Your doctor may also recommend additional tests, such as:

  • blood tests to measure ceruloplasmin or vitamin B-12 levels
  • urine tests to measure how much copper is being filtered out through pee
  • tissue sample (biopsy) from your liver to check for signs of copper filtration issues

Your doctor may recommend copper diagnostic tests if they notice mild symptoms of copper poisoning during a physical exam.

You may also be tested if you’ve gone to the emergency room after developing severe symptoms from ingesting too much copper at once.

Some treatment options for acute and chronic copper toxicity include:

  • Chelation. Chelators are medications injected into your bloodstream. The medication helps bond all the copper in your blood together so it can make it to your kidneys for filtration and release from your body through pee.
  • Gastric lavage (stomach pumping). This procedure removes copper you ate or drank directly from your stomach using a suction tube.
  • Medications. Certain medications can treat copper toxicity, often along with other treatments. Some oral medications include penicillamine (Cuprimine) or dimercaprol (BAL in oil).
  • Hemodialysis. This process removes blood from your body and filters out waste using a device that mimics your kidneys. Filtered blood is then returned to your body.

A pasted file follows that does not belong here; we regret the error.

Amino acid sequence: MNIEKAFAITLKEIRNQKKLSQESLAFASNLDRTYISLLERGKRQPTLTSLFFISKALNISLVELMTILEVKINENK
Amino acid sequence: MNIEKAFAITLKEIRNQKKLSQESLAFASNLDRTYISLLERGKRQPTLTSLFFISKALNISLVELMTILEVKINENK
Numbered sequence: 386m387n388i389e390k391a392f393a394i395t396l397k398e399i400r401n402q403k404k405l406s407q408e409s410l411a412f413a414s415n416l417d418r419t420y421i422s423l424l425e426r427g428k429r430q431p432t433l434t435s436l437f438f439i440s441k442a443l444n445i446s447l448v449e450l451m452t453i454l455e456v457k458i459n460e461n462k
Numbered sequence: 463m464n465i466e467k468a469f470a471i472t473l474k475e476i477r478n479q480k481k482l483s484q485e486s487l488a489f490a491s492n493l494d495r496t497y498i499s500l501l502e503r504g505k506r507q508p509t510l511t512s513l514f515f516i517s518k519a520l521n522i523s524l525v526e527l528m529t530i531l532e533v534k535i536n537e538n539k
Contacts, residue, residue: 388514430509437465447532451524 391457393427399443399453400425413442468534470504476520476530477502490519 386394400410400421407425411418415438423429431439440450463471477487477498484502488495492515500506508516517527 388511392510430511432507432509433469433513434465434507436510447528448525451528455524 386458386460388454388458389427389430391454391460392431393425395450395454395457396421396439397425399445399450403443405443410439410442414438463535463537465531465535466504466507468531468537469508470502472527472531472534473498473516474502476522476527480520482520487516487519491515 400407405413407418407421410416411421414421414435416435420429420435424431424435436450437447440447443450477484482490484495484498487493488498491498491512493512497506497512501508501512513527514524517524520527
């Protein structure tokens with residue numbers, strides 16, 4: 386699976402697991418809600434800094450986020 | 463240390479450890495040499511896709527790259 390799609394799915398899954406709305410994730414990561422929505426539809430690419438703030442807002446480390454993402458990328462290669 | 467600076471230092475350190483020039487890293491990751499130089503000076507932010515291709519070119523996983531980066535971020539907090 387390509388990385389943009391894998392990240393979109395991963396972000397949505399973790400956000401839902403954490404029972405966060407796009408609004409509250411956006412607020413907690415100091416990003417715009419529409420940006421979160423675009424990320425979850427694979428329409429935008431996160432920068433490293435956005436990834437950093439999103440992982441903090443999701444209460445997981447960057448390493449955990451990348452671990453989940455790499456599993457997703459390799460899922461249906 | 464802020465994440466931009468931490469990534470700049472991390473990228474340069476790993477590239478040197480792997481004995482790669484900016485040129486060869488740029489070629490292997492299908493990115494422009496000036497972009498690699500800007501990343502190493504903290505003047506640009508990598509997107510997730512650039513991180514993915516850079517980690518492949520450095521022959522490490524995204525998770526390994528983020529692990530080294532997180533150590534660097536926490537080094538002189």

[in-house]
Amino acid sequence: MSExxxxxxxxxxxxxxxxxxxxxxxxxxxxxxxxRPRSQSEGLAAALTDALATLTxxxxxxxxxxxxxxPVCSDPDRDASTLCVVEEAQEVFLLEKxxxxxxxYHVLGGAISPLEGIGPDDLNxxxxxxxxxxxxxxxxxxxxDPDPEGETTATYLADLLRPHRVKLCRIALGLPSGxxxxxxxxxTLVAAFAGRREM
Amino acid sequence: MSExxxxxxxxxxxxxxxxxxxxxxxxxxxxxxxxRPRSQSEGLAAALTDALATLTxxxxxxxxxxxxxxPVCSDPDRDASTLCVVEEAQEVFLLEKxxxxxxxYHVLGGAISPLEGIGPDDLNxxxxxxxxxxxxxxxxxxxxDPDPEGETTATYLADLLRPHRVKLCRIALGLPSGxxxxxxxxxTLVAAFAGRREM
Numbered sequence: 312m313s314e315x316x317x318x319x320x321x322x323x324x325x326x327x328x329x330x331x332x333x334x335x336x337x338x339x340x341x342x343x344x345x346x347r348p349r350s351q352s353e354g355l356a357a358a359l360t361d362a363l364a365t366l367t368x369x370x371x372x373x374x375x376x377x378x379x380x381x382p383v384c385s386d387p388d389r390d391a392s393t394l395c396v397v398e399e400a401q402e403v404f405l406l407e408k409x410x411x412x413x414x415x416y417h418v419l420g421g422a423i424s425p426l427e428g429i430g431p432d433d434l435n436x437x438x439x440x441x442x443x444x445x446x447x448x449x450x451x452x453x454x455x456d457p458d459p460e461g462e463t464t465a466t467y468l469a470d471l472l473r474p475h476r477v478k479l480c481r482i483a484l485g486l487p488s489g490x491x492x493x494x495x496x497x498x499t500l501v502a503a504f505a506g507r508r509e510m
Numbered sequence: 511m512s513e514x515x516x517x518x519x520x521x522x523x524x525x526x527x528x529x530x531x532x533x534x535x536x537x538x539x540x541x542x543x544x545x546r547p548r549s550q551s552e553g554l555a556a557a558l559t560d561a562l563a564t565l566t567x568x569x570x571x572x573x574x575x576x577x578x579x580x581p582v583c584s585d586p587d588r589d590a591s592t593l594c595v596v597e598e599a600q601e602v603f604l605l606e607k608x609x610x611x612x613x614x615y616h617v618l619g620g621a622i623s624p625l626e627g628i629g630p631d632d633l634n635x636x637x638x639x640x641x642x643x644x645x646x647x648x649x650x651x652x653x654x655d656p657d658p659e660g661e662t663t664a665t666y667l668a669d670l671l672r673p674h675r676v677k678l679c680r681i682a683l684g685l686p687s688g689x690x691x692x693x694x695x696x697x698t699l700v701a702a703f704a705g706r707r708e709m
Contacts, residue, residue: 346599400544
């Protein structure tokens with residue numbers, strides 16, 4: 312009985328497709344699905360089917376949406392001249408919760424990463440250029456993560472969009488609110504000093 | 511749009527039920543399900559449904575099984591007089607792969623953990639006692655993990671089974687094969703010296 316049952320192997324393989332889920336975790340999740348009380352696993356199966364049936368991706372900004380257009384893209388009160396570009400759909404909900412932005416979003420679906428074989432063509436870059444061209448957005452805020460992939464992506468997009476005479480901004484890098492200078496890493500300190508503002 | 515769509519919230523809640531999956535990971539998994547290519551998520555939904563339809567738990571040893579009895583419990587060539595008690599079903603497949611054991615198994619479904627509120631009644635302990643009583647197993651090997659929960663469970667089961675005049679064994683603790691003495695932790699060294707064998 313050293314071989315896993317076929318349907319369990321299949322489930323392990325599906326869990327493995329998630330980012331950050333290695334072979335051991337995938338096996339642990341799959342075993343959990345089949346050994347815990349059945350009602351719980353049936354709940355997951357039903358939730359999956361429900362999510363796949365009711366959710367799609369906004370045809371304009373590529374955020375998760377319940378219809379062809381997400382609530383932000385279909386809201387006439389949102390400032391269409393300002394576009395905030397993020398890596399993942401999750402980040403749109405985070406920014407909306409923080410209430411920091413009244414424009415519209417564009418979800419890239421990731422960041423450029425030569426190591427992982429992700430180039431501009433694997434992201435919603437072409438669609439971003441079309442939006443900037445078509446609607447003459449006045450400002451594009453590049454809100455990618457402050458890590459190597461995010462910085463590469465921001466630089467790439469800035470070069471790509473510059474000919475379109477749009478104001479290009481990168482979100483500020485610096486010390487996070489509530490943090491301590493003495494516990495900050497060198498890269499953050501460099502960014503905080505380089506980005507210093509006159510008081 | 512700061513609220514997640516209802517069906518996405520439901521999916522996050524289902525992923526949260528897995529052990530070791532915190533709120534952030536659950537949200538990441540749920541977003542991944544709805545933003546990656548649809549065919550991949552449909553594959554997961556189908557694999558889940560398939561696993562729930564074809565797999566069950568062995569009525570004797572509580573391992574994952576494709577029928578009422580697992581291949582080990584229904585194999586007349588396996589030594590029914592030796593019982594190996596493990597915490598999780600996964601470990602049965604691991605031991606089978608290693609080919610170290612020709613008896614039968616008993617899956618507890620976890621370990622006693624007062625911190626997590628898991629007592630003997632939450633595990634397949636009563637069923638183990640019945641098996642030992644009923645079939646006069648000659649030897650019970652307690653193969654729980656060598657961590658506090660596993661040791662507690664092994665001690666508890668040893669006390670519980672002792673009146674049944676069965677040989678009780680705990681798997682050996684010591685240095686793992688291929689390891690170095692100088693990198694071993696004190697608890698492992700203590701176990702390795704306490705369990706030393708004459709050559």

Think your water may be contaminated? Call your local water district, especially if you’ve been diagnosed with copper toxicity and suspect that copper in the water you’re drinking is the source.

To remove copper from your water, try the following:

  • Run cool water for at least 15 seconds through the faucet that’s attached to an affected copper pipe. Do this for any faucet that hasn’t been used in six or more hours before you drink the water or use it to cook.
  • Set up water filtration equipment to purify contaminated water from your faucets or other affected water sources in your home, such as your refrigerator. Some options include reverse osmosis or distillation.

Drinking contaminated water or taking supplements with copper may put you at risk of copper toxicity.

Certain liver or kidney conditions that prevent you from properly metabolizing copper can also expose you to copper toxicity, even if you’re not exposed to copper contamination. See your doctor to diagnose these conditions or if you notice any new or worsening symptoms.

IUDs haven’t been directly linked to copper toxicity, but they can cause other symptoms that may require treatment or IUD removal.